Because of CRIME, as I understand, compression on SSL connections have to be turned off. In newer versions of apache this can be done with a newly introduced directive SSLCompression off, in older versions this is not possible (in Debian before version 2.2.16-6+squeeze10).

I think I have found a way to achieve this in older versions, but I am not sure why in some online tests, like the Qualsys SSL Test it indicates compression is still on. My test do show something different. Could anyone please review the configuration code and tell me, what I do not understand right?

Use the following directives from mod_headers inside a SSL virtual host block to switch off compression:

RequestHeader unset Accept-Encoding
Header unset Vary

This removes the header line from the client request indicating the response may be sent compressed to the client.

Testing this with curl and the --raw switch, I see that non-ssl connections are compressed and ssl connections are cleartext. Use...

curl --raw -k -H 'Accept-Encoding: gzip,deflate' http://host.example.tld

...to check.

Some online testing tool still tell me my solution does not work, while others say the contrary. Now I wonder wether my solution to turn off compression for ssl connection is working or not?


First, CRIME only applies if your website uses all of these three:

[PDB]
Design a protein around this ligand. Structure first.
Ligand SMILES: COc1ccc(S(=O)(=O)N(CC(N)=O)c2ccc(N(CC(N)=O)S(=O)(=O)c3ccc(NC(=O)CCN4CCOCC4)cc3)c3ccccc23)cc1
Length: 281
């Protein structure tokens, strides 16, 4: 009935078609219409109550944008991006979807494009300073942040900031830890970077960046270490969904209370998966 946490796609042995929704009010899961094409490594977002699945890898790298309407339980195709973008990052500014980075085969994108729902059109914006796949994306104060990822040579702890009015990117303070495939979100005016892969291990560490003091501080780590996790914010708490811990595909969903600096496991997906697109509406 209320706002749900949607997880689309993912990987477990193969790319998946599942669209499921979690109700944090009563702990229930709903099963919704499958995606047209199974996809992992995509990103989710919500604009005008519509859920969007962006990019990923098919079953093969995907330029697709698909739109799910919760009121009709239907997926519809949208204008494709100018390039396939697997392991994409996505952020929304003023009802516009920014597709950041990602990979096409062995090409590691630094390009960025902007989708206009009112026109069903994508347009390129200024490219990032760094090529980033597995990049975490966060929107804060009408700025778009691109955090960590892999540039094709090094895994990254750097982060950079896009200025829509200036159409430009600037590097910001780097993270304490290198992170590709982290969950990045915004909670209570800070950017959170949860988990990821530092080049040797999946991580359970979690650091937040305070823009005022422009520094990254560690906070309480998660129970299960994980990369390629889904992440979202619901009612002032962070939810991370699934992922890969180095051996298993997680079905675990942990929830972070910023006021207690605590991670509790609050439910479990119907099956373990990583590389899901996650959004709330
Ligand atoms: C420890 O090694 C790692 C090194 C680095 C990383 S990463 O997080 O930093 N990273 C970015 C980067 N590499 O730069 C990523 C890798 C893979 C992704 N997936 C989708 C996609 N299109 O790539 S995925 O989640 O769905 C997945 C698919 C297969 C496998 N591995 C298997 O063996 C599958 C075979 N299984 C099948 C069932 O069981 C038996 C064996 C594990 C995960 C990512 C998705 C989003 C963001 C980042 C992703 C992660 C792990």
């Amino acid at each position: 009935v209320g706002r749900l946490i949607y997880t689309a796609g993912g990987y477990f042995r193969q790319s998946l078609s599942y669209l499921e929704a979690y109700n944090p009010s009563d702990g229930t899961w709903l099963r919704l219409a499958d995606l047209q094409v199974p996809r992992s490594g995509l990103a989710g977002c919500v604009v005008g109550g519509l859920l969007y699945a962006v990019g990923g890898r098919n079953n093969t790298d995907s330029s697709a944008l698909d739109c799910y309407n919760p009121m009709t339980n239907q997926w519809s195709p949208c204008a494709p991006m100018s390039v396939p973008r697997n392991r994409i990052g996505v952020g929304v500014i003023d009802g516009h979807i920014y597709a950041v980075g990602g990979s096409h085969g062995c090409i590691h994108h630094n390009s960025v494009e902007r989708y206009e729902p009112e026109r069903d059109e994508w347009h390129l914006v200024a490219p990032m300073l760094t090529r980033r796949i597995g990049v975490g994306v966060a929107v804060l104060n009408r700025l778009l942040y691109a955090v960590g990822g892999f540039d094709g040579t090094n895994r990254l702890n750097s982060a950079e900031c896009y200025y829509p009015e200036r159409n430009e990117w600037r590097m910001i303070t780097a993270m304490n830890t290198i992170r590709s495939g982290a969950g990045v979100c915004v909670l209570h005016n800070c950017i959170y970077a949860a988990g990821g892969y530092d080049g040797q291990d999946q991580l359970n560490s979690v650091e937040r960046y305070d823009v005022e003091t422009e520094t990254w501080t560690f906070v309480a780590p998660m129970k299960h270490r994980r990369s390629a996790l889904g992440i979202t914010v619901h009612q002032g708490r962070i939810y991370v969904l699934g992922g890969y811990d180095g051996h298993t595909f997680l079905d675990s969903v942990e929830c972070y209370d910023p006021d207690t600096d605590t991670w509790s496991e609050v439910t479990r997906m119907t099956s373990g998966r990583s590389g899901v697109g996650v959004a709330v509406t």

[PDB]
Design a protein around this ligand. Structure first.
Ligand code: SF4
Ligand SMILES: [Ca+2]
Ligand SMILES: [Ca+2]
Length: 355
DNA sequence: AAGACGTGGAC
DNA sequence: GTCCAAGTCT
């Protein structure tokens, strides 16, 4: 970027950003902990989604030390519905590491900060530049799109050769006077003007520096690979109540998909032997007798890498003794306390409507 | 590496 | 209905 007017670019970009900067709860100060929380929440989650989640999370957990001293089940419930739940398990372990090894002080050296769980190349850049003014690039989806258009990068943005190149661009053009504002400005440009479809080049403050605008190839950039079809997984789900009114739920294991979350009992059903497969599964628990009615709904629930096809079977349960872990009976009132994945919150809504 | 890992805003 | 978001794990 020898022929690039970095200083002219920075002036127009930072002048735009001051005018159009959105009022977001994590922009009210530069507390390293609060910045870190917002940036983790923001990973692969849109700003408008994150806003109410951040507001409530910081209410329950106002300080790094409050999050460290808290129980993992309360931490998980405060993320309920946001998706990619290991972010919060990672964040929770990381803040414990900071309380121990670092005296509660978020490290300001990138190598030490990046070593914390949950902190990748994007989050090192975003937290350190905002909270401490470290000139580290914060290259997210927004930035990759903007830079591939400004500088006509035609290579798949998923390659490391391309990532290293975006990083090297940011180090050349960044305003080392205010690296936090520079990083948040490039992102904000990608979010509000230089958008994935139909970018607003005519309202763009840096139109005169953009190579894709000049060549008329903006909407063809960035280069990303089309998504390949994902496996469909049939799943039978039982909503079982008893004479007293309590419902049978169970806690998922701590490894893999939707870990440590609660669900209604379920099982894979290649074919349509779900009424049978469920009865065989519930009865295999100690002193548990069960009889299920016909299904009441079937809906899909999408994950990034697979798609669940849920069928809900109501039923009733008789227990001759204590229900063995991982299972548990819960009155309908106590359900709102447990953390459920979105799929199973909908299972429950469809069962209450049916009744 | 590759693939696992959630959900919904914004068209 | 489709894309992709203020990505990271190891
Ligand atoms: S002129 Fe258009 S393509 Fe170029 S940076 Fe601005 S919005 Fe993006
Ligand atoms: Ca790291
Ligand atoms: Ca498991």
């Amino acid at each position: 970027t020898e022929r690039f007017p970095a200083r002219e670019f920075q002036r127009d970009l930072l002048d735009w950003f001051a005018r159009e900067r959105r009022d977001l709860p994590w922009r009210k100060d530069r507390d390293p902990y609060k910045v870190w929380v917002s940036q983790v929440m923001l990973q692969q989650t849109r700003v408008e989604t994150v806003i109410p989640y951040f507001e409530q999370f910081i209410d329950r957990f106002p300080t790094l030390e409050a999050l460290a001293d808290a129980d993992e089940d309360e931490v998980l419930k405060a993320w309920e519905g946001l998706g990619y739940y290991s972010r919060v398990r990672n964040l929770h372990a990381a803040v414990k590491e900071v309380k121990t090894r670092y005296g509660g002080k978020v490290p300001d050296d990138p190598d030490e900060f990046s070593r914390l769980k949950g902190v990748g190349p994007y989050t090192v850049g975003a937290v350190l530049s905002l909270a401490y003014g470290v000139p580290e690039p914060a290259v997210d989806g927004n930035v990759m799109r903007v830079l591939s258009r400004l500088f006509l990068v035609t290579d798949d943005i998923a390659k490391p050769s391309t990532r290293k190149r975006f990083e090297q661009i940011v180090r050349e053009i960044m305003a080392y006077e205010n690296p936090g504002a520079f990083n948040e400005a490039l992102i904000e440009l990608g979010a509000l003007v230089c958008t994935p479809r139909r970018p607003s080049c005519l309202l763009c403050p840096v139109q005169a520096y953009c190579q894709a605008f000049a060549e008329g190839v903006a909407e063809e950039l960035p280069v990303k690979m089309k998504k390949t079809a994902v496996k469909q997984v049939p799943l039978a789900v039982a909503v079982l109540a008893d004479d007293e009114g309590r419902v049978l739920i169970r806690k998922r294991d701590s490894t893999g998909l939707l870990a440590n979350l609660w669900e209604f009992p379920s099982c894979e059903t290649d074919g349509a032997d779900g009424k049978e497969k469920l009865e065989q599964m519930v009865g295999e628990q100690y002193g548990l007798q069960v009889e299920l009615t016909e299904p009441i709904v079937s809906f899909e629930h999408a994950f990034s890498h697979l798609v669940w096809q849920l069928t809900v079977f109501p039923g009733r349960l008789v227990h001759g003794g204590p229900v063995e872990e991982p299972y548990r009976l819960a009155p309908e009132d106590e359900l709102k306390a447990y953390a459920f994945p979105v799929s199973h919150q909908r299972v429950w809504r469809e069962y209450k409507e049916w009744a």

1. SSL or TLS
  2. Compression
  3. Cookie Authenticated Sessions

It is only useful for hijacking active sessions, and is most useful if your server doesn't require session IP matching. While many websites do use this combination, it's not as common as many would think. Also, some statistics suggest that <7% of browsers on the Internet actually support the compressions that makes CRIME possible.

What Does NOT Work:
The Vary field just tells upstream proxies if they're allowed to cache a dynamic page. While it's important to consider for your caching strategy, not so much for this particular vulnerability.

Unsetting the Accept-Encoding field will only affect mod_deflate or mod_gzip; it doesn't affect compression by SSL/TLS. So your method will not work.

What Does Work:
There are two options for protecting your server. You can disable compression support in your SSL/TLS library, by recompiling it without compression; or you can patch your server to support the SSLCompression directive. Apache 2.4.x supports this directive natively. Apache 2.2.22 can be patched relatively easily.

Various Operation System Distributions are back-porting the patches now, check with your Distro provider for details (most Linux Distro use ancient versions of Apache that they've written custom back-ports of security patches for. So you'll pretty much be at your Distro's mercy if you're using their sanctioned packages).

How Sure Are You:
There's a very easy to use SSL "Problem" Scanner available from SSL Labs. It will detect if your server is CRIME vulnerable. You can semi-ignore BEAST warnings as all modern browsers have fixed the issue client side. It would depend on your particular set of circumstances however.

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